Writing Advice

Help for Authors and Writers

The Craft of Writing: Credibility in Science Fiction

So you’re writing science fiction. How do you make your future tech seem credible?

For far-future science fiction? You really can’t. You can paint in broad strokes what will likely be possible (fusion power) and what will almost certainly never be (faster than light travel). You can take care to learn enough physics that you’re not routinely violating the laws of physics.

But honestly, you’re going to get it wrong. It’s not just that you can’t predict future technology—more important is you can’t predict the ways people will use it, or the effect it has on society.

Some sci-fi writers in the 70s predicted home computers and instantaneous pocket communicators. Nobody predicted Facebook. Some predicted instantaneous worldwide data storage accessible to everyone. Nobody predicted that rather than being used for knowledge and education, it would be used for conspiracy theories about political parties running sex slave rings from the basement of a pizza shop that doesn’t have a basement.

As William Gibson said, “the street finds its own uses for things.”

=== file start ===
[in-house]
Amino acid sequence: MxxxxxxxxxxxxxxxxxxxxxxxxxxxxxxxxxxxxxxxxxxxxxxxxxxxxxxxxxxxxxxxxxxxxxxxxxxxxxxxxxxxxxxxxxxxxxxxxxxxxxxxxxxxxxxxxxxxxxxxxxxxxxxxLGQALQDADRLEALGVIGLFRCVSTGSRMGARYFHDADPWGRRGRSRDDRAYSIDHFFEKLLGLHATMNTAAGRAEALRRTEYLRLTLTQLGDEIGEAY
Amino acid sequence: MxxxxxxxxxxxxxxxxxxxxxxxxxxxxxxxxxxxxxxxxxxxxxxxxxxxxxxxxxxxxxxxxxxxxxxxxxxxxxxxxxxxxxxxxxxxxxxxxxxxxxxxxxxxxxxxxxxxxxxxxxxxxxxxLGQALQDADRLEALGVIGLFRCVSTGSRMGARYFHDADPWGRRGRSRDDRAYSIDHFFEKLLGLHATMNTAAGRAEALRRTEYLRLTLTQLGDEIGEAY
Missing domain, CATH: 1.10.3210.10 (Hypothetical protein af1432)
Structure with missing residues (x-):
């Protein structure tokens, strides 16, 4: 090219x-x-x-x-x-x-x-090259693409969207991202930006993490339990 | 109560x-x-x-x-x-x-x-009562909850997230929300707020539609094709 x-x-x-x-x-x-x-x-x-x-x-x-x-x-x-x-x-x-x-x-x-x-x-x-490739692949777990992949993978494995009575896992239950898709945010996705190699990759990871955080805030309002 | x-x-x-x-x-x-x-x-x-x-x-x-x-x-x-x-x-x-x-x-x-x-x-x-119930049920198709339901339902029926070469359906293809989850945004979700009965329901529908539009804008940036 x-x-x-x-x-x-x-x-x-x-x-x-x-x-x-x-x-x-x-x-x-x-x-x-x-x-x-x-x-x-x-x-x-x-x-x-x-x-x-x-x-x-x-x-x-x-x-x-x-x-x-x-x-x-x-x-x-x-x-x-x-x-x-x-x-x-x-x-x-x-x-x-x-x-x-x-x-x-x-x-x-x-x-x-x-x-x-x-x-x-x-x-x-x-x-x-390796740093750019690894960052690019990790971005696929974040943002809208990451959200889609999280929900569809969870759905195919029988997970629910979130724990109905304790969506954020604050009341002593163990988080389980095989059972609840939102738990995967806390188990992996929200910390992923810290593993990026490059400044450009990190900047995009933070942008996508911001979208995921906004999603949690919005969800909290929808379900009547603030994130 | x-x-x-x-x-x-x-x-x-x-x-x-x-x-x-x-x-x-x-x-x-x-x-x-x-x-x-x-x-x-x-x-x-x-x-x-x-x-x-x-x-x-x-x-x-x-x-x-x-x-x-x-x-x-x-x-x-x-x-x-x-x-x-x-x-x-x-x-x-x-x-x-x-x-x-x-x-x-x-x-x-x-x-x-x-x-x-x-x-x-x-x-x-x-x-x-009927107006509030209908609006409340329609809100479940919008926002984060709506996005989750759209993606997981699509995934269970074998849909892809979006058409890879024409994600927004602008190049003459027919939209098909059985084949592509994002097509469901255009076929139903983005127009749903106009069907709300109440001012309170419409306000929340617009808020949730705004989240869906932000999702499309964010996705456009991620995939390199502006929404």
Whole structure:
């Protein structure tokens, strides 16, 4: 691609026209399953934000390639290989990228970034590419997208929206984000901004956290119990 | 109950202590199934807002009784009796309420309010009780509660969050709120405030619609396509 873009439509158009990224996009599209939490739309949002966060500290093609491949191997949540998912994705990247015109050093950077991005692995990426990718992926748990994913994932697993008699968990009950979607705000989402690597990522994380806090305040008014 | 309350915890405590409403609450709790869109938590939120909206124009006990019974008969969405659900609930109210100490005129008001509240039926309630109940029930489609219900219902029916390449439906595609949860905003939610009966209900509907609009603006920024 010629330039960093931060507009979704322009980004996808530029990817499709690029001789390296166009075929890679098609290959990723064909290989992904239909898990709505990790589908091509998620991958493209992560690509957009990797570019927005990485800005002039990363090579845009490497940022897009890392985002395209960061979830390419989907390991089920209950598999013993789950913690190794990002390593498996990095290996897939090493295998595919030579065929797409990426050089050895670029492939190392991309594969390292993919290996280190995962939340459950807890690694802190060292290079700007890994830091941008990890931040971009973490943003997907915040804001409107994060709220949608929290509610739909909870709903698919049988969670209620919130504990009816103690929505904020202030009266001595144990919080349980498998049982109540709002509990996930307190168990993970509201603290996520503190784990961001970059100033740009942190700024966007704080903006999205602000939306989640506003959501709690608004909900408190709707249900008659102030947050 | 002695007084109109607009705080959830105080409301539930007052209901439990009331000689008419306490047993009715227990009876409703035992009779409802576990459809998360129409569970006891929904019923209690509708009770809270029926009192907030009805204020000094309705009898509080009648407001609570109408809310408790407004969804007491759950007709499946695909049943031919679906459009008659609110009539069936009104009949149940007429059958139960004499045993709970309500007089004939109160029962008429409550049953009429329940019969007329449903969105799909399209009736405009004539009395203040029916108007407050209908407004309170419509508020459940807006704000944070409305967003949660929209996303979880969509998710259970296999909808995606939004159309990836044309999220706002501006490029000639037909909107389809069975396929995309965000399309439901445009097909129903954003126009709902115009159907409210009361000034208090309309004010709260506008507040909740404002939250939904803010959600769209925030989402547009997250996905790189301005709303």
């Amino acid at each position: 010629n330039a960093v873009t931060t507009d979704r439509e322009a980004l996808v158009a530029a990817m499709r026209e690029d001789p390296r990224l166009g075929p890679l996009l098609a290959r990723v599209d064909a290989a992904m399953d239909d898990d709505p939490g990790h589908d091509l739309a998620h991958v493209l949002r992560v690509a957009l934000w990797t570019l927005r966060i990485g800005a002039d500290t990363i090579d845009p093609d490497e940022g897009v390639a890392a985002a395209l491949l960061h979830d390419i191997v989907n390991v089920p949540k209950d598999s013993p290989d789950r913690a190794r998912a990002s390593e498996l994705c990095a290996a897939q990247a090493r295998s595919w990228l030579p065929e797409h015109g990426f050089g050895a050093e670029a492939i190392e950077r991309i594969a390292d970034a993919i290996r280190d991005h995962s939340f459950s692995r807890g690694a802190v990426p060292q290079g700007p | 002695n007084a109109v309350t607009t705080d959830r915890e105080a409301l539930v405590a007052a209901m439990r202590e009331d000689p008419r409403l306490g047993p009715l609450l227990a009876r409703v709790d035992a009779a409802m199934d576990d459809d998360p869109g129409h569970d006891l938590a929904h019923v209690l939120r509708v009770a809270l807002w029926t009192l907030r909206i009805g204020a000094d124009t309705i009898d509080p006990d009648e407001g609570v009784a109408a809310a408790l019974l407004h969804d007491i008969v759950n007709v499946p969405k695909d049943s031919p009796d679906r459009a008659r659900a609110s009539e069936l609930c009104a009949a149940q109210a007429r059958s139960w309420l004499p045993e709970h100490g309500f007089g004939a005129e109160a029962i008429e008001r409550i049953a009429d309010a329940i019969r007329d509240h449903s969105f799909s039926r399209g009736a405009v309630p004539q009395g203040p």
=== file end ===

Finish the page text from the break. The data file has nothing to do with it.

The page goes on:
That’s the part you can’t predict—-you might be able to extrapolate technology, at least in broad shapes, but you aren’t going to be able to see how the future uses it. Your job is to be plausible, which you can do by learning physics and sociology, not to be a crystal ball.

Near future is at least a little easier.

In our post-cyberpunk novel immechanica, Eunice and I tried very hard to make our tech extrapolations of what’s already here or nearly here. A big part of that was talking to people who’ve already worked with the kind of tech we were anticipating.

Truck-mounted Doppler radar to look through walls to spot sniper nests? We talked to Bill Otto, whose suggestions were amazing. (We we’re thinking IR for that originally; he was invaluable in explaining why that wouldn’t work.)

Contact lenses with thin-film displays for augmented reality? Jon Lowry has actually built prototypes, and was able to explain how they work and that yes, the things we wanted in the story were technically possible, if only just barely, by 2054. Brain machine interfaces? We used Neuralink’s most optimistic projections and ran with them.

We also had a very long video conference call with a sociologist and linguist about T-Town, a weird enclave carved out of LA by a former Mexican street gang with, oddly enough, a lot of crossover with Japanese society—which, yes, is a real thing in parts of California.

We extrapolated from modern trends in surveillance, smart autonomous drones, AI, and adversarial input, projected from self-driving cars to try to project trends in future transportation (hypothesis: if full self-driving becomes ubiquitous, a lot fewer people will feel the need to own cars!), that sort of thing.

I’m not saying we got it right, of course. We tried to make what we were doing plausible, something that could happen, not something that will happen.

Which, I think, is the goal.

However you do it, though, whatever world you envision, the tech is not the story. The tech helps set the background. Good stories aren’t about gadgets, they’re about people. Whatever tech you imagine, it’s the way people use the tech that matters.